One of the best things about shooting with the iPhone is that it automatically puts all of your photos on a map. This is even better when you’re traveling, as you can relive the trip with a virtual tour, or use the geolocation data to check where that awesome restaurant was where you got poisoned.
It’s easy. Sadly, the same can’t be said about pictures snapped with a regular camera. But there’s an elegant solution that uses your iPhone, and without worrying about recording and importing GPS tracks.
As the venerable Derrick Story points out in his latest blog post, the solution is to just snap an extra picture with your iPhone. Then, back at the computer you can copy its location data to all the other pictures you took in the same place.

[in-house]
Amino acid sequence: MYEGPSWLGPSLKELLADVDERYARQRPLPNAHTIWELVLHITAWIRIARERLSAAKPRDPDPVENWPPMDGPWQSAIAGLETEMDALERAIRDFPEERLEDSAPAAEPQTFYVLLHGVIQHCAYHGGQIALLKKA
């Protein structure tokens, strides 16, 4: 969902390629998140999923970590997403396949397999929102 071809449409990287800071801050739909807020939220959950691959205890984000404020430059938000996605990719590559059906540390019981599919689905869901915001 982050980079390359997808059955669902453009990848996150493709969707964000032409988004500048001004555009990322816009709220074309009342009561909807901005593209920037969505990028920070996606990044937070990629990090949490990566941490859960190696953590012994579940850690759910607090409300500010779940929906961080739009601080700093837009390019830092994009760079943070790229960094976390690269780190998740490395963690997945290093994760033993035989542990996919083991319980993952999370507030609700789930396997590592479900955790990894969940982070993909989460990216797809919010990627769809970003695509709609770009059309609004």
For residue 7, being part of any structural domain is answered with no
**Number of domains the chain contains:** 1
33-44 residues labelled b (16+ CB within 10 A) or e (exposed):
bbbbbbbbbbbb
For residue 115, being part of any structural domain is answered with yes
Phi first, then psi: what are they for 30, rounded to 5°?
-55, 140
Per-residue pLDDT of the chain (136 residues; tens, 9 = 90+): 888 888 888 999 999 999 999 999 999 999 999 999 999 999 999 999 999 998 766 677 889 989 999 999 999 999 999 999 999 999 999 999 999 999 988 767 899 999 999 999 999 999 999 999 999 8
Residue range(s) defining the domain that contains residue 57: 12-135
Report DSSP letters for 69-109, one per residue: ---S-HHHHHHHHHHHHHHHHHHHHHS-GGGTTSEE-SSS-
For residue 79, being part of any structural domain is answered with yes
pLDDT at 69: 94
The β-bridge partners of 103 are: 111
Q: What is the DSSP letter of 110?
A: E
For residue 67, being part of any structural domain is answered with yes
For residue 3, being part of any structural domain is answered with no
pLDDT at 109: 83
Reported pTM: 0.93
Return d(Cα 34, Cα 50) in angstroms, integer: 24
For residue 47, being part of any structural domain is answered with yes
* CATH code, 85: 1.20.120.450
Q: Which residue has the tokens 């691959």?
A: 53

If you use Lightroom, then you should click on the iPhone photo, then click to select all the other pictures taken in the shape spot, and then choose to “Sync” them all. The Sync button is down at the bottom of the right panel in the Library module, and will bring up a dialog box to let you choose what metadata gets copied. Find the Camera Info section, check the appropriate boxes and hit Sync.
In iPhoto it’s even easier, especially if you use Photo Stream so your iPhone pictures will already be there in the library. Just select the iPhone picture with the location your want and copy it (⌘-C does the trick). Then select the photos you want to geotag, and then choose Edit>Paste Location. You’re done.
Of course, this does mean that you need to snap an iPhone photo for every picture taken with your camera, so I still just start up my little Garmin EDGE 500 bike computer, toss it in my bag and import the GPS track later. It’s more involved at the end, but easier when you’re out shooting.
Source: Digital Story